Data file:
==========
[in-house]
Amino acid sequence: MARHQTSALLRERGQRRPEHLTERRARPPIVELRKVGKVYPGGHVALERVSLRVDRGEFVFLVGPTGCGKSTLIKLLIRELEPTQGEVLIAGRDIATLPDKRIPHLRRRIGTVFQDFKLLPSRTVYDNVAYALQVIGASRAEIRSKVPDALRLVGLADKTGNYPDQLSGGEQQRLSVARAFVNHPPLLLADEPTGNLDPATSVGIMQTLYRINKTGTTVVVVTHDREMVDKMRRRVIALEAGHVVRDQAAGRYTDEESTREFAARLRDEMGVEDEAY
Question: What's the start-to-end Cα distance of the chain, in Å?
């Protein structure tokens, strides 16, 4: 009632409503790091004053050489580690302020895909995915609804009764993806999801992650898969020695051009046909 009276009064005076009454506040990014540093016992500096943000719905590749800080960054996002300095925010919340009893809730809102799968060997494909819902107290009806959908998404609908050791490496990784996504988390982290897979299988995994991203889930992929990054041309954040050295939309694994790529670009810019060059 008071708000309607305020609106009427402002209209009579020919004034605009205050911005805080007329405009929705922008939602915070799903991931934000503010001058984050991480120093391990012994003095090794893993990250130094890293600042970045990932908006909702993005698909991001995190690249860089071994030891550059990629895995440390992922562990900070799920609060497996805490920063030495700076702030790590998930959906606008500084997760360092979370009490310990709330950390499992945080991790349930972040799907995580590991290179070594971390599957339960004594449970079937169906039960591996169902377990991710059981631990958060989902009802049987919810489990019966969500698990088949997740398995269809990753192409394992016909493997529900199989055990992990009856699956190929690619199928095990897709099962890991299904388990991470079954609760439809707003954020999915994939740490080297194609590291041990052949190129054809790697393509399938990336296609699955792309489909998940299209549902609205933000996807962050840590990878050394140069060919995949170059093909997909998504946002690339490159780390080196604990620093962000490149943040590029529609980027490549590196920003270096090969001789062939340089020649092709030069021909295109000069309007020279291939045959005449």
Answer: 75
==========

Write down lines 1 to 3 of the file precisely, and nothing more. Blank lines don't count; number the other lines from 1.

[in-house]
Amino acid sequence: MARHQTSALLRERGQRRPEHLTERRARPPIVELRKVGKVYPGGHVALERVSLRVDRGEFVFLVGPTGCGKSTLIKLLIRELEPTQGEVLIAGRDIATLPDKRIPHLRRRIGTVFQDFKLLPSRTVYDNVAYALQVIGASRAEIRSKVPDALRLVGLADKTGNYPDQLSGGEQQRLSVARAFVNHPPLLLADEPTGNLDPATSVGIMQTLYRINKTGTTVVVVTHDREMVDKMRRRVIALEAGHVVRDQAAGRYTDEESTREFAARLRDEMGVEDEAY
Question: What's the start-to-end Cα distance of the chain, in Å?